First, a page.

So far in the Constitution 101 series, we’ve established that the Constitution created a limited federal government meant to exercise only specific, enumerated powers. All other authority remains with the states and the people. We also discussed the fact that the people stand as the sovereign in the system, and the Constitution was ratified by the people, through preexisting political societies – the states.

This construction of the federal government was implicit in the original Constitution. The Tenth Amendment made it explicit.

The powers not delegated to the United States by the Constitution, nor prohibited by it to the States, are reserved to the States respectively, or to the people.ky_res

Understanding these concepts raises an important question: what keeps the federal government limited to its enumerated powers?

Words on parchment mean nothing without some mechanism to enforce them, and the founders intended the states to serve as that necessary check on federal power.

Before the Constitution was even ratified, James Madison laid out a blueprint for addressing federal overreach in Federalist 46. The “Father of the Constitution” said that if the federal government imposes “unwarrantable measures” (or even warrantable measures) the “means of opposition is powerful and at hand.” He mentioned a number of steps states could take including “refusal to cooperate with officers of the union” and other “legislative devices, which would often be added on such occasions.” Madison said that even a single state implementing these measures would impose “very serious impediments,” and when several states take action together, he said it would “present obstructions which the federal government would hardly be willing to encounter.”

Federalist 46 laid the foundation for nullification.

Broadly speaking, nullification includes any act or set of acts that serve to render a federal action null, void or simply unenforceable within the borders of a state.

Madison and Thomas Jefferson first formalized the principles of nullification in the Kentucky and Virgina Resolutions of 1798 in response to the Alien and Sedition Acts. These four laws granted judicial powers to the president and limited due process for resident aliens deemed “enemies,” and outlawed criticism of the federal government, a clear violation of the First Amendment.

In the original draft of the Kentucky Resolutions, Jefferson rested his case for nullification on the Tenth Amendment, calling federal assumption of undelgated power “unauthoritative, void, and of no force.” He declared nullification the “rightful remedy” to deal with federal violations of the Constitution.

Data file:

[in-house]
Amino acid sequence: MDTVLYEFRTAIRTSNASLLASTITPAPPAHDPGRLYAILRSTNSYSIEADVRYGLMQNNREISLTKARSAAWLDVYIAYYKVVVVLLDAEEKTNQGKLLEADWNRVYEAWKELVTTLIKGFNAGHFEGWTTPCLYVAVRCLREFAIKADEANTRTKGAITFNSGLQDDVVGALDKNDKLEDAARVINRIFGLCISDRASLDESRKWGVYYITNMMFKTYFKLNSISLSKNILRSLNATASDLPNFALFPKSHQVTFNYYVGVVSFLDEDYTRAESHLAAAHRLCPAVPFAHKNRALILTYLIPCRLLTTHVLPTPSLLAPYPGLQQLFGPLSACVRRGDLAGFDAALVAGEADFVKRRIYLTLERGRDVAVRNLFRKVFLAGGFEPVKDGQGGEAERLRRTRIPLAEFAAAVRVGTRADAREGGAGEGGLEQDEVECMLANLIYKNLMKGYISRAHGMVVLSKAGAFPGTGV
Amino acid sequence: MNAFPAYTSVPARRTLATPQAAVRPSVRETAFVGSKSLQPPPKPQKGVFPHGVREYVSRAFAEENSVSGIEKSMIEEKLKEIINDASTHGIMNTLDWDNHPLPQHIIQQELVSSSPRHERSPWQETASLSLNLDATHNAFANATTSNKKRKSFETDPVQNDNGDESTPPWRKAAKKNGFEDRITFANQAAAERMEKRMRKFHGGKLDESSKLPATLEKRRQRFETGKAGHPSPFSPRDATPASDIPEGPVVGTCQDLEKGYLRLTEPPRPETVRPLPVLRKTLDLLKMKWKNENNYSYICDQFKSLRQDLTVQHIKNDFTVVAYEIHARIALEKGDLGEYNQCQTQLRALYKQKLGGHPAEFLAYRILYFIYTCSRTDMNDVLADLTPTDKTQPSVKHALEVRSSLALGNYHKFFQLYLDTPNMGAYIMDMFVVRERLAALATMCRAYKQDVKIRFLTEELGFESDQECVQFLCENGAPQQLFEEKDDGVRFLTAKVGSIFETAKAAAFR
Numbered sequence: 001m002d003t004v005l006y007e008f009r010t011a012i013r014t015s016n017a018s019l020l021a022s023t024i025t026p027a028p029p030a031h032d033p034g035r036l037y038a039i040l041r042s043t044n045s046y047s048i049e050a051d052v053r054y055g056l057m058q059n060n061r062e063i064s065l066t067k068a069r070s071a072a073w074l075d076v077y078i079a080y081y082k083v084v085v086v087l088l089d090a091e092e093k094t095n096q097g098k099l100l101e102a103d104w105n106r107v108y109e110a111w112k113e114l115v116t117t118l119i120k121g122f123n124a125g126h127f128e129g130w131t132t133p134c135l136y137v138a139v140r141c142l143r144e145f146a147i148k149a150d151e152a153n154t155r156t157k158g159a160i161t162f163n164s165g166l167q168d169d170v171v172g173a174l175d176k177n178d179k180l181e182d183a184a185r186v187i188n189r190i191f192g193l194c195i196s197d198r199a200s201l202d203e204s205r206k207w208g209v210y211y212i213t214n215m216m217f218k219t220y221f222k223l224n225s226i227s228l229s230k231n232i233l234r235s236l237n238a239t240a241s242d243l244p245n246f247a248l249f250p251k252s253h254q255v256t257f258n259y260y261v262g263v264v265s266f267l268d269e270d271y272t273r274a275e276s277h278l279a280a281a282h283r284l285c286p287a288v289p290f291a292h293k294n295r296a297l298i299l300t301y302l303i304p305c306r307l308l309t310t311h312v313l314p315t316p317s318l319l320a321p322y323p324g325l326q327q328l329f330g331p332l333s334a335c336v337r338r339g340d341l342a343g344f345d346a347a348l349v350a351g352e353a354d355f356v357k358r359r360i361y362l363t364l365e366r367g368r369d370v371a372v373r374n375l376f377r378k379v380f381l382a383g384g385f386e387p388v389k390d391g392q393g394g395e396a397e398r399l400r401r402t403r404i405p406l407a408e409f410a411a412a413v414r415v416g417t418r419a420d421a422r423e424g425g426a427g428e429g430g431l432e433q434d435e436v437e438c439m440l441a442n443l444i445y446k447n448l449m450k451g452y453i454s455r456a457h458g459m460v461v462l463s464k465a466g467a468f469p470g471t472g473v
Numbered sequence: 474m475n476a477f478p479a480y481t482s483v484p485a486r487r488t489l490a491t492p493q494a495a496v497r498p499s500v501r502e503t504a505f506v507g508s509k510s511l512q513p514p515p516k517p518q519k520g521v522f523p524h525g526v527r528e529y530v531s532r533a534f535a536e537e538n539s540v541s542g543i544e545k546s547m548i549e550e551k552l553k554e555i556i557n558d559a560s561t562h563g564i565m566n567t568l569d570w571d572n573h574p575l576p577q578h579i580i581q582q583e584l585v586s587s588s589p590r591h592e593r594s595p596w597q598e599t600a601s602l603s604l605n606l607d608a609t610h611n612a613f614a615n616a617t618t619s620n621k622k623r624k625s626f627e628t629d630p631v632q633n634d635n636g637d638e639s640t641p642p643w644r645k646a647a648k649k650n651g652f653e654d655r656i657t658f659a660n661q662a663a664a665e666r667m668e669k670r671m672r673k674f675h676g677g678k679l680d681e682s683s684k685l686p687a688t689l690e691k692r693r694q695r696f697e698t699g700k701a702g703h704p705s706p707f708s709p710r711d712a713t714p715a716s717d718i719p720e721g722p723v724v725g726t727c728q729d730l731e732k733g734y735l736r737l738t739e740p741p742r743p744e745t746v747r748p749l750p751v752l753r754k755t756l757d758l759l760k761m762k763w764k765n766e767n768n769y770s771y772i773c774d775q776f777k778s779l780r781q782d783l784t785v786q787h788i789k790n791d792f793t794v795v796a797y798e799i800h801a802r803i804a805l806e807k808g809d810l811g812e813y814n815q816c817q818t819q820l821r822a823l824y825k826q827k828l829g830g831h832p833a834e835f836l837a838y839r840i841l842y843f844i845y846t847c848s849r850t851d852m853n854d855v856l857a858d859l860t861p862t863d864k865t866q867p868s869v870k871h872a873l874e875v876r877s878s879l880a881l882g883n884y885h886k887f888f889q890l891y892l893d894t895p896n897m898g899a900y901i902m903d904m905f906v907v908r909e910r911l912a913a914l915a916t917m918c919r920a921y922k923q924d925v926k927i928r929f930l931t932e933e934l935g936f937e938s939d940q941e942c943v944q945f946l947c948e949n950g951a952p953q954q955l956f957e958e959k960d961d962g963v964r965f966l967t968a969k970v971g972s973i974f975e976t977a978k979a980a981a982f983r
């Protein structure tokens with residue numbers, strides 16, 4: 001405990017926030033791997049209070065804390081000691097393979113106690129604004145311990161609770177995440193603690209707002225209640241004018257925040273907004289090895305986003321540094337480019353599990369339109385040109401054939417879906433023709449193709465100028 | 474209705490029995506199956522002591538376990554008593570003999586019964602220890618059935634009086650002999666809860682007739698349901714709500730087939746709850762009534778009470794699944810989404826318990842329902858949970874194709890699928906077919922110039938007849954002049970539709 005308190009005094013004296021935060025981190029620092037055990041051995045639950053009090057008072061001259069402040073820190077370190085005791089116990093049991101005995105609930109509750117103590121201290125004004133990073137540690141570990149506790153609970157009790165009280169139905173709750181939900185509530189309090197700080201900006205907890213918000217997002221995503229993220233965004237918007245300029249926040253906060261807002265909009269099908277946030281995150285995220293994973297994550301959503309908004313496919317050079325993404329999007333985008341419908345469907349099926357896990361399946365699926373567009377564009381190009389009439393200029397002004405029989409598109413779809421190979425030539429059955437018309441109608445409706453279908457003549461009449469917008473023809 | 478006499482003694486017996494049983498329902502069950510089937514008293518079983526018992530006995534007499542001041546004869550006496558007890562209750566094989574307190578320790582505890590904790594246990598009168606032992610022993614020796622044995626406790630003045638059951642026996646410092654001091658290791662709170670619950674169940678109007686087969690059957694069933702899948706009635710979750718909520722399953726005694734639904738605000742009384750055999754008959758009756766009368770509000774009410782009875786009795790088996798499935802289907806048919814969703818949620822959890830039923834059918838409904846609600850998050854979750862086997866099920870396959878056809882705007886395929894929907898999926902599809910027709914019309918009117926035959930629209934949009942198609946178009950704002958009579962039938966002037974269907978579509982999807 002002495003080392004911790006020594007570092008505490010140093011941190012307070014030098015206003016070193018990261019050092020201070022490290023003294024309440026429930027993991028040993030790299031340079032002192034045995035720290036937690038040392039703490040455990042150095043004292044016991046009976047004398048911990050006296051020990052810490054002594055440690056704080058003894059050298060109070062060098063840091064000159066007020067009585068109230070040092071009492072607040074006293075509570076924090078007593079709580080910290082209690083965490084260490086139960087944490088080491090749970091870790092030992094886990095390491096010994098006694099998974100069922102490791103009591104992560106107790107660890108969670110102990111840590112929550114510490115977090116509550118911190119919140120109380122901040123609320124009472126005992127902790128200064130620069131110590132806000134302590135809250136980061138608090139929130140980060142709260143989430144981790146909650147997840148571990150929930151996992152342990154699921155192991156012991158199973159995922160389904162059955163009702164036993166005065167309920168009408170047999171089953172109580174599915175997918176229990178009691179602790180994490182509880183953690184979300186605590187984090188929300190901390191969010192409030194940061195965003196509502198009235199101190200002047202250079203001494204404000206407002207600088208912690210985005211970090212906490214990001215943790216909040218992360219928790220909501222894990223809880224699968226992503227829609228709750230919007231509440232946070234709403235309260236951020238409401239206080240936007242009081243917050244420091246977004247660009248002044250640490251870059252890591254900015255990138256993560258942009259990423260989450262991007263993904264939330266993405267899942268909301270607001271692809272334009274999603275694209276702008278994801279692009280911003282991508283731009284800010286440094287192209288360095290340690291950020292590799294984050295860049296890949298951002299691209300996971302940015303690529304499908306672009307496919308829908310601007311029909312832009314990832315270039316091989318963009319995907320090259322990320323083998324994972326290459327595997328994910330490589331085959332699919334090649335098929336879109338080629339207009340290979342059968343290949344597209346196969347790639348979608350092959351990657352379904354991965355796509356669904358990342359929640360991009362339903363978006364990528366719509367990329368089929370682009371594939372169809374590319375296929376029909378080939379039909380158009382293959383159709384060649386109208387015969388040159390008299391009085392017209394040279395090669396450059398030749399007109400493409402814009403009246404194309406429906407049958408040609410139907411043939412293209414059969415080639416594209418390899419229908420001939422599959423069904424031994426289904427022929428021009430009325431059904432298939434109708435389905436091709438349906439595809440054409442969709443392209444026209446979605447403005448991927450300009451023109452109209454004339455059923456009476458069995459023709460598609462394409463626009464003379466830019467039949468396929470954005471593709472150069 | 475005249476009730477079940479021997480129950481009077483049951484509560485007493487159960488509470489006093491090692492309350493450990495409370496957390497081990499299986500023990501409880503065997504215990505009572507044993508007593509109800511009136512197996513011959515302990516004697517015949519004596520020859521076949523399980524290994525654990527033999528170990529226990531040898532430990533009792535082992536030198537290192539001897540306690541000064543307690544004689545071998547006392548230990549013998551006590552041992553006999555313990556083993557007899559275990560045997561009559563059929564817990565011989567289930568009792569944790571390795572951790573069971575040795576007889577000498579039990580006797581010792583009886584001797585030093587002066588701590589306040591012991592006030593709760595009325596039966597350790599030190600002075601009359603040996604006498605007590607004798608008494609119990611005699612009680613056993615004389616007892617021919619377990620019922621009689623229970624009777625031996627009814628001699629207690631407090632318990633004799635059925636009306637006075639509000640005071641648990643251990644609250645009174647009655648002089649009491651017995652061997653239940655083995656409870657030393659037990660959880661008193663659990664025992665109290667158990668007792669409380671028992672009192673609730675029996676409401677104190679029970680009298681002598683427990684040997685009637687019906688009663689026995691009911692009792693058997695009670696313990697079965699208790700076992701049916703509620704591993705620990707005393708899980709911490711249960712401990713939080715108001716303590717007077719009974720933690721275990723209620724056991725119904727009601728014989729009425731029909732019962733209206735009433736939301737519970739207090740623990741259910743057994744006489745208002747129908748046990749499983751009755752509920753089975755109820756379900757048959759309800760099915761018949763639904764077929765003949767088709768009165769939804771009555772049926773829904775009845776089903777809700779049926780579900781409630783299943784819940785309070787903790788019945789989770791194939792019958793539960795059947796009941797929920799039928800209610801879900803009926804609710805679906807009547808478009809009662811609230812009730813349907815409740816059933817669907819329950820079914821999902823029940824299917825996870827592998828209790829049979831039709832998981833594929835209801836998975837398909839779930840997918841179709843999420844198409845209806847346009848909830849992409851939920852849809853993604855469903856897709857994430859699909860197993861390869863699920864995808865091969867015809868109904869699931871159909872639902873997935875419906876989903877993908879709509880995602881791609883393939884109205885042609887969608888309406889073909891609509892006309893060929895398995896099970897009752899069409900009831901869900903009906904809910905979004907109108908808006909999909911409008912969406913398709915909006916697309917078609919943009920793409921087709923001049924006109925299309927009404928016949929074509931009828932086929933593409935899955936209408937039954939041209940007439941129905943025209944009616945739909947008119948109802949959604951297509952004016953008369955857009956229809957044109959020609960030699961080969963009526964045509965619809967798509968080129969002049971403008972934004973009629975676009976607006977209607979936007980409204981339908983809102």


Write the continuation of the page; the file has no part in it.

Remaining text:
Where powers are assumed which have not been delegated, a nullification of the act is the rightful remedy: that every State has a natural right in cases not within the compact, (casus non fœderis) to nullify of their own authority all assumptions of power by others within their limits that without this right, they would be under the dominion, absolute and unlimited, of whosoever might exercise this right of judgment for them.

The Virginia legislature passed similar resolutions drafted by Madison a month later.

That this Assembly doth explicitly and peremptorily declare, that it views the powers of the federal government, as resulting from the compact, to which the states are parties; as limited by the plain sense and intention of the instrument constituting the compact; as no further valid that they are authorized by the grants enumerated in that compact; and that in case of a deliberate, palpable, and dangerous exercise of other powers, not granted by the said compact, the states who are parties thereto, have the right, and are in duty bound, to interpose for arresting the progress of the evil, and for maintaining within their respective limits, the authorities, rights and liberties appertaining to them.

Some call nullification illegitimate, arguing the Constitution makes no provision for it. But notice that Jefferson called it a “natural right.” Nullification rests upon a constitutional foundation and logically flows from the constitutional system, but it is not “constitutional” per se. It exists as a right reserved to the states and the people as a process to protect them from federal overreach and hold the government they created in check.

For a deeper discussion of nullification, check out my book, Our Last Hope: Rediscovering the Lost Path to Liberty. It lays out the historical, constitutional and moral case for nullification.

Next week we will consider federal supremacy.